Sample Program

For a sample program I ported the first WinForms application to ASP.Net MVC. This one is the ARInvEntry project. It basically puts up a web form where you enter the customer number and then hit the “Create Invoice” button and it creates an A/R Invoice for that customer. The main goal here is to get a starting project with a Razor View, a controller and then a Model that calls into the Sage 300 Business Logic using our .Net API.

Note that since Sage 300 ERP is a 32 Bit application, you must run this project as a 32 Bit application, which means if you run this through IIS, you must have the application pool used set to have 32 Bit mode enabled (probably the default application pool).

In this program the main web page is a razor view and it is connected to the model which allows the framework to provide data binding of the customer number into the model, so we don’t need to write any code to move the data from the browser into the model’s member variable. Inside Index.cshtml there is the statement:

@model ARInvEntry.Models.CreateInvoice


Which connects the View to the Model. Then the form is defined by:

        @using (Html.BeginForm("CreateInvoice", "Home")) {
            Customer Number:
            @Html.TextBoxFor(model => model.CustomerNumber)
            <input type="Submit" value="Create Invoice" />

Notice that this code is a combination of HTML like <p> as well as the template helper functions like @Html.TextBoxFor (whose argument binds it to the model’s member variable). The Html.BeginForm command connects the “Create Invoice” button to the controller’s action method. “Home” is the name of the controller (which was generated by Visual Studio) and its code is in HomeController.cs. Then the first argument “CreateInvoice” is the method to call when the form is submitted (ie the button is pressed). All the @ tag template functions will be converted to pure HTML by the razor view engine when the page needs to be generated.

It may not look like there is a lot of glue holding things together here, that is because ASP.Net does a lot of things by convention, and so if you don’t specify something explicitly, it has a convention to find it. So generally if things have the same (or similar) names then they go together. This makes coding faster since you just follow some coding conventions and then all the attendant glue is provided automatically and you don’t need to worry about it. This convention over coding approach takes a bit of getting used to, but once you are, it makes development go quite a bit quicker.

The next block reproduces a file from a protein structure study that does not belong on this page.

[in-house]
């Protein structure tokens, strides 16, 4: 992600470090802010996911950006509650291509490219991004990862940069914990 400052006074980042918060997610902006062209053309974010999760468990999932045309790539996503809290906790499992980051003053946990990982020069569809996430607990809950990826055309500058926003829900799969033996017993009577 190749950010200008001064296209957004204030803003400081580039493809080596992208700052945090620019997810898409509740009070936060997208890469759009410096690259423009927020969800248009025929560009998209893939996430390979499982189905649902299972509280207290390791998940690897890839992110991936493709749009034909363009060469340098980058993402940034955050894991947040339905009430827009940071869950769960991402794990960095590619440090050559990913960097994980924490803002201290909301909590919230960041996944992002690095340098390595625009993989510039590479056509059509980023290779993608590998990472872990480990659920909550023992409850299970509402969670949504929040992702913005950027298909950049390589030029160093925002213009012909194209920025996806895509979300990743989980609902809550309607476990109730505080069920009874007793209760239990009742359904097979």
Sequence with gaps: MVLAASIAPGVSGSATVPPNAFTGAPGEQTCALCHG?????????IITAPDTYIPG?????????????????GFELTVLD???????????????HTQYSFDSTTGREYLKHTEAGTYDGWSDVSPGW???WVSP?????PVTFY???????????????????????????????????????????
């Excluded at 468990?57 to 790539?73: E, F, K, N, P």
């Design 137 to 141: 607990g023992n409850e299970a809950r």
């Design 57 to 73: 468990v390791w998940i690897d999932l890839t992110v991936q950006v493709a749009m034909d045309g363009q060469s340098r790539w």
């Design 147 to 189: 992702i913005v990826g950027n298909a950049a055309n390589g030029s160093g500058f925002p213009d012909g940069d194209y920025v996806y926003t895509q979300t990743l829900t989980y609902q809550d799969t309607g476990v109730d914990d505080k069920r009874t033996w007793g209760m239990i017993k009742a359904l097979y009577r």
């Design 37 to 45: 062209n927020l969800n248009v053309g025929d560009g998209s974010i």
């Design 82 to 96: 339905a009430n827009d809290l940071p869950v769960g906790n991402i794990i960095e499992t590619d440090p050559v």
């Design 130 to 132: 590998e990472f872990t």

In the controller (HomeController.cs) there is the action method which gets called when the user hits submit:

        public ActionResult CreateInvoice(Models.CreateInvoice crInvObj)
            return RedirectToAction("Index");          

Basically this is called with the model as a parameter where the data bound members will already be filled in. So all it has to do is call the method in the model to create the invoice.

It then returns redirecting us back to the main page.

The model has a public member CustomerNumber:

        public string CustomerNumber { get; set; }


which is used by the data binding support and populated automatically from the browser. Then there is the DoCreateInvoice method that contains the code from the previous project to create the invoice.

Limitations and Future Work

At this point, this is a very basic MVC project which just really establishes our framework for future work. There is no error reporting (except for writing to the VS output window). After you hit submit, we do the work and then return a complete page. We aren’t doing the searching we supported in the WinForms application.

For the error reporting we can’t just popup a message box from the Model when an error occurs. Generally all UI communications needs to be communicated from the model back to a View. We could add JavaScript to the View to get the response from the model to display a message box (JavaScript alert). We could add a new razor view for displaying error and status messages. We could provide a message area on the main form to fill in. We’ll look at implementing some of these in future articles.

Right now when the invoice is created, we simply refresh the home screen. This isn’t particularly efficient or elegant. Partly this is because of how the submit button is implemented as a form submit. What we would really like to do is to submit an Ajax web service request when the button is pressed and then just update select parts of the screen based on the reply.

If you choose to deploy this project to Azure as a PaaS application, you will run into problems due to the dependency on the Sage 300 .Net API which requires at least workstation setup be installed so we will need to talk about how we deploy a project of this nature to the cloud.


This article presents a very simple ASP.Net MVC application who’s Model communicates with Sage 300 via our .Net API. Now that we have this starting point, we can start developing some new elements to the project and explore various aspects of writing programs with ASP.Net MVC.

Written by smist08

November 23, 2013 at 9:40 pm

An Introduction to the Sage 300 ERP .Net API

with 162 comments


I’m planning to write a series of blog articles on the Sage 300 ERP API and in particular on the .Net API that has been part of Sage 300 since version 5.1A. I have a couple of goals with these articles:

  1. Provide a deeper and more complete explanation of many parts of our API. Although all the samples in this series will be in C# and use the .Net API, the ideas will apply to integrating to Sage 300 via any of our other APIs including COM, Java, XAPI, etc.